Section 8. The debtor may, in the proceedings in which possession was requested, but not later than thirty days after the purchaser was given possession, petition that the sale be set aside and the writ of possession cancelled, specifying the damages suffered by him, because the mortgage was not violated or the sale was not made in accordance with the provisions hereof, and the court shall take cognizance of this petition in accordance with the summary procedure provided for in section one hundred and twelve of Act Numbered Four hundred and ninety-six; and if it finds the complaint of the debtor justified, it shall dispose in his favor of all or part of the bond furnished by the person who obtained possession. Either of the parties may appeal from the order of the judge in accordance with section fourteen of Act Numbered Four hundred and ninety-six; but the order of possession shall continue in effect during the pendency of the appeal.

Section 9. When the property is redeemed after the purchaser has been given possession, the redeemer shall be entitled to deduct from the price of redemption any rentals that said purchaser may have collected in case the property or any part thereof was rented; if the purchaser occupied the property as his own dwelling, it being town property, or used it gainfully, it being rural property, the redeemer may deduct from the price the interest of one per centum per month provided for in section four hundred and sixty-five of the Code of Civil Procedure.”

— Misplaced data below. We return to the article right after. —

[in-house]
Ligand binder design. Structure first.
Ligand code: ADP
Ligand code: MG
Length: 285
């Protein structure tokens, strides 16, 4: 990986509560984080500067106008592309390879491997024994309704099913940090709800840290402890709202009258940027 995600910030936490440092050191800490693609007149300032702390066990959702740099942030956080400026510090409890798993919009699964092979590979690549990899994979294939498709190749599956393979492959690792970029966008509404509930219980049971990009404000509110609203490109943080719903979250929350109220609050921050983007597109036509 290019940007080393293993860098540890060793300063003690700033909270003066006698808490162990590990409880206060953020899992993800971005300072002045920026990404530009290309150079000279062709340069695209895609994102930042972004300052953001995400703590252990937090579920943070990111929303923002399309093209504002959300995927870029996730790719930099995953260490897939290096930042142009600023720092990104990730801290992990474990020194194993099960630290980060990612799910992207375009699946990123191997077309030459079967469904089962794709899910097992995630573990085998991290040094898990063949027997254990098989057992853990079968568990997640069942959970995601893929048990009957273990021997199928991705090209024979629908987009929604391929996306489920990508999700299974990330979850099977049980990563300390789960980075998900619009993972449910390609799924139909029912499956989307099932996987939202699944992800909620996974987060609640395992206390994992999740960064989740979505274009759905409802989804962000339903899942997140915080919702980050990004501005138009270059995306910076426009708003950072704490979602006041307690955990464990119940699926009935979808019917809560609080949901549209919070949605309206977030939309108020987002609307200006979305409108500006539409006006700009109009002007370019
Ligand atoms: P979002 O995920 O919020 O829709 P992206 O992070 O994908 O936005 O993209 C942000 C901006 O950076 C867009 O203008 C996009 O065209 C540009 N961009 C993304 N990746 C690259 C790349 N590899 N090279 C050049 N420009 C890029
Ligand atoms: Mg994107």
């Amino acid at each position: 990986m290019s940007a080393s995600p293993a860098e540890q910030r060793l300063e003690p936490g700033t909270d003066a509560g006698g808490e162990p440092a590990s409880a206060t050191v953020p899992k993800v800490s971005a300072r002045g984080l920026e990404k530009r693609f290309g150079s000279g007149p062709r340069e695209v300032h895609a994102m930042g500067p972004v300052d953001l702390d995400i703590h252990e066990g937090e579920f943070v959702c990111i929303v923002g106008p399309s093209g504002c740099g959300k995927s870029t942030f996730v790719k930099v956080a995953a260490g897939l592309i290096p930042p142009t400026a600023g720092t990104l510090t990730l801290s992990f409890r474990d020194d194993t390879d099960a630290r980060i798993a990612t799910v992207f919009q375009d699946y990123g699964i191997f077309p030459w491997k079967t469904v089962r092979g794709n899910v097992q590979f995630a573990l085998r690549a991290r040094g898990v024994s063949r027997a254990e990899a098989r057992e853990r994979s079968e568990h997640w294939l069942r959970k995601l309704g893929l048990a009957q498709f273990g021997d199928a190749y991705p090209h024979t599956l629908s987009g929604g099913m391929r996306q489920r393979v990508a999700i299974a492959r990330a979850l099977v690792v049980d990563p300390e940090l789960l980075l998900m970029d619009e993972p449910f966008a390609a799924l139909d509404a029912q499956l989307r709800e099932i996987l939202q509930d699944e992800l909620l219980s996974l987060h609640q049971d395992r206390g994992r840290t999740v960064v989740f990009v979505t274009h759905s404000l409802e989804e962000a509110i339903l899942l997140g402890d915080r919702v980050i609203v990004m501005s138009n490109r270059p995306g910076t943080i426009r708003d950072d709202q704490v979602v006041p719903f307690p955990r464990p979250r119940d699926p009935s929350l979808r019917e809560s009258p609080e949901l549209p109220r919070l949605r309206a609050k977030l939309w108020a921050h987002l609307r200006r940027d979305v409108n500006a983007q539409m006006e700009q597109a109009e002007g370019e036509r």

SECTION 3. The number of the present section seven of said Act Numbered Thirty-one hundred and thirty-five is hereby changed, making it section ten.

SECTION 4. This Act shall take effect on its approval.

Approved, December 7, 1933


To date I have only been featuring information and listings of two of the most common types of foreclosures we can invest in here in the Philippines. These are bank foreclosed properties or acquired assets and real property being sold through tax foreclosure auctions.


Soon I will be posting listings and information about a third type of foreclosures which are properties that are to be sold through an extrajudicial foreclosure sale. This is governed by Act 3135 as amended by Act 4118 hence if you are interested in participating in such auctions, you can use these as reference on how they are generally conducted.

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To our financial freedom!

Jay Castillo
Real Estate Investor
Real Estate Broker License #: 20056
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Text by Jay Castillo. Copyright © 2009 All rights reserved.

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  • Aaron B. Satira